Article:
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Case Reports in Radiology
Volume 2011, Article ID 373482, 4 pages
Case Report

Uterine Artery Pseudoaneurysm in the Setting of Delayed Postpartum Hemorrhage: Successful Treatment with Emergency Arterial Embolization

1College of Medicine, University of Saskatchewan, Saskatoon, SK, Canada
2Department of Medical Imaging, College of Medicine, University of Saskatchewan, Saskatoon, SK, Canada
3Medical Imaging, Royal University Hospital, 103 Hospital Drive, Saskatoon, SK, Canada S7N 0W8

Received 1 July 2011; Accepted 26 July 2011

Academic Editors: E. Bölke, T. J. Kröncke, and L. Lampmann

Copyright © 2011 Ankur M. Sharma and Brent E. Burbridge. This is an open access article distributed under the Creative Commons Attribution License, which permits unrestricted use, distribution, and reproduction in any medium, provided the original work is properly cited.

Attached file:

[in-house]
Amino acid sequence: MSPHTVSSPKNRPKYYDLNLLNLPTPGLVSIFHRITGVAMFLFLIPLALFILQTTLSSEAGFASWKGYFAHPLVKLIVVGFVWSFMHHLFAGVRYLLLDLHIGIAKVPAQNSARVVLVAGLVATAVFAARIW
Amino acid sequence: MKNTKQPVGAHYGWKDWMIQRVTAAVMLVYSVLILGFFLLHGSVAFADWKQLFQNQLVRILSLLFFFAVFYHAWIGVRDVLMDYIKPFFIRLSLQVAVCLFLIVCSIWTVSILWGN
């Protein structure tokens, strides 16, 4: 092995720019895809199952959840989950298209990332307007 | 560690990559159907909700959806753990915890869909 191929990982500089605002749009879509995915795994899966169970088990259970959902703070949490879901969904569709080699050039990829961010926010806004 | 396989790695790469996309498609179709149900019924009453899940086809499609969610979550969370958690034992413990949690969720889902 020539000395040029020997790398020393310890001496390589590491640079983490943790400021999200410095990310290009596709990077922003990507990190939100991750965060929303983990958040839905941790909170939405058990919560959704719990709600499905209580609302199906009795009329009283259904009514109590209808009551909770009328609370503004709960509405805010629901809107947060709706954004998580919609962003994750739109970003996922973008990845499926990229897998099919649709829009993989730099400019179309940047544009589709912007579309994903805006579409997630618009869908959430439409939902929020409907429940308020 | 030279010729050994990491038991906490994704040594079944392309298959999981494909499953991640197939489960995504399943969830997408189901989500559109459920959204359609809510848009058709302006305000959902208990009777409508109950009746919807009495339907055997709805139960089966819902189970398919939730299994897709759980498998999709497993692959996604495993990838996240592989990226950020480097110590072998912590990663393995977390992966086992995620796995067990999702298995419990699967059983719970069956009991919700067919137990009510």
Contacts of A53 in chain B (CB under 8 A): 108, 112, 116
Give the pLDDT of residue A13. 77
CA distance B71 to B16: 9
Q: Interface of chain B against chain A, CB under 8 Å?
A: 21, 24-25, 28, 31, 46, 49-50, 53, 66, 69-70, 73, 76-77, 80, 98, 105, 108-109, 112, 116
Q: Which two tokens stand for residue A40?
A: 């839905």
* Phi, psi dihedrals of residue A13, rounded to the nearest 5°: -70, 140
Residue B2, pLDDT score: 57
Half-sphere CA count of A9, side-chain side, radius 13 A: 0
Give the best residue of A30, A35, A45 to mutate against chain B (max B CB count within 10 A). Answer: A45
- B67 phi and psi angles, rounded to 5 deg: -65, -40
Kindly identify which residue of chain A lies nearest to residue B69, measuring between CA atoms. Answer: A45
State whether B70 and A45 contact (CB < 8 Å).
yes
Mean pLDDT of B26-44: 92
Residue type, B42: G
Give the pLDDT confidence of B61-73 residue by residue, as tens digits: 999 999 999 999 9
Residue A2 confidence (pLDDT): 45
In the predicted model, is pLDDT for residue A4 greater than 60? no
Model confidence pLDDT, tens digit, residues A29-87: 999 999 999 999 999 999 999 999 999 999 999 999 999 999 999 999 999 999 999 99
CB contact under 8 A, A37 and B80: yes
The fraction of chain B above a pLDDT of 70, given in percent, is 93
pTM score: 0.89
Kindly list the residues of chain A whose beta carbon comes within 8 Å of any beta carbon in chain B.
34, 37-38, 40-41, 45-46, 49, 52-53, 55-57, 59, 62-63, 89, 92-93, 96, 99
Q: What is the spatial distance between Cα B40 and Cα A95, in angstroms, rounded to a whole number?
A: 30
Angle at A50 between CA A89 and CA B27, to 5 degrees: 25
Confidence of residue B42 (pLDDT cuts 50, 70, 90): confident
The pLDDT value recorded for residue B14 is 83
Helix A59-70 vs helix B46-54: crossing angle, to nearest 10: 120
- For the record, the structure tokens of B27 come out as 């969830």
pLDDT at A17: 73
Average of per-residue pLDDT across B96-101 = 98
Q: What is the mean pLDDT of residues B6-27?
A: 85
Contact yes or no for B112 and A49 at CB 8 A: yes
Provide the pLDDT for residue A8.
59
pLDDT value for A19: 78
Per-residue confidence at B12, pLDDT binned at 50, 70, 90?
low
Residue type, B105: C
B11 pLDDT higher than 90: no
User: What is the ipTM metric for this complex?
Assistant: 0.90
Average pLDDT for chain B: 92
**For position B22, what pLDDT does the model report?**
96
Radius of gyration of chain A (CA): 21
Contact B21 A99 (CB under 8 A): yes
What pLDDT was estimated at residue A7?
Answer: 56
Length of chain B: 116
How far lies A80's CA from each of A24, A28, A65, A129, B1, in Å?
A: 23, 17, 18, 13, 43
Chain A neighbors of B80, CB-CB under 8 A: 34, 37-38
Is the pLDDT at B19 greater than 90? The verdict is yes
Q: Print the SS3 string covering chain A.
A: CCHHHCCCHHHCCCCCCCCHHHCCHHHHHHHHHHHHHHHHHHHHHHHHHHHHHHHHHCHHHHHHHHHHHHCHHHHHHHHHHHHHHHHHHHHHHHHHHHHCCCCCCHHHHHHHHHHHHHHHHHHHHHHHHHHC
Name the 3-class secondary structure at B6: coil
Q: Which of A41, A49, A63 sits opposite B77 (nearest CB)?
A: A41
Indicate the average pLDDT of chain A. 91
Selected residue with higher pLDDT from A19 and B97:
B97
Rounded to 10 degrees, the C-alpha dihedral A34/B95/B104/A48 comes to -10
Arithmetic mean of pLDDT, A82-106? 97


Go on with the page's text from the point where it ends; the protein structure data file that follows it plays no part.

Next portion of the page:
Postpartum hemorrhage is a major cause of maternal mortality. Though uncommon, uterine artery pseudoaneurysm can follow uterine dilatation and curettage (D + C) and needs to be considered in the differential diagnosis. This 30-year-old G1P1 woman presented with right upper quadrant pain and vaginal bleeding. She was afebrile but her white blood count was significantly increased ( 2 2 . 2 × 1 0 9  /L). One week prior, she had undergone a Cesarean delivery which was complicated by hemolysis, elevated liver enzymes, and low platelet count syndrome (HELLP), fetal dystocia, and chorioamnionitis. Uterine dilatation and curettage (D & C) and placement of a Bakri intrauterine balloon, performed for suspected retained products of conception, failed to control her postpartum bleeding. The patient wished to have a hysterectomy only as a last resort in order to preserve fertility. Emergency uterine artery angiography revealed a left uterine artery pseudoaneurysm and contrast extravasation. The patient was successfully treated with selective embolization. Computed tomography (CT) later revealed dehiscence of her uterine Cesarean section incision with an intra-abdominal fluid collection. This collection was drained. She also developed disseminated intravascular coagulopathy (DIC) syndrome as well as multiple pulmonary emboli which were both successfully treated. We discuss this unique case of uterine artery pseudoaneurysm with associated uterine dehiscence.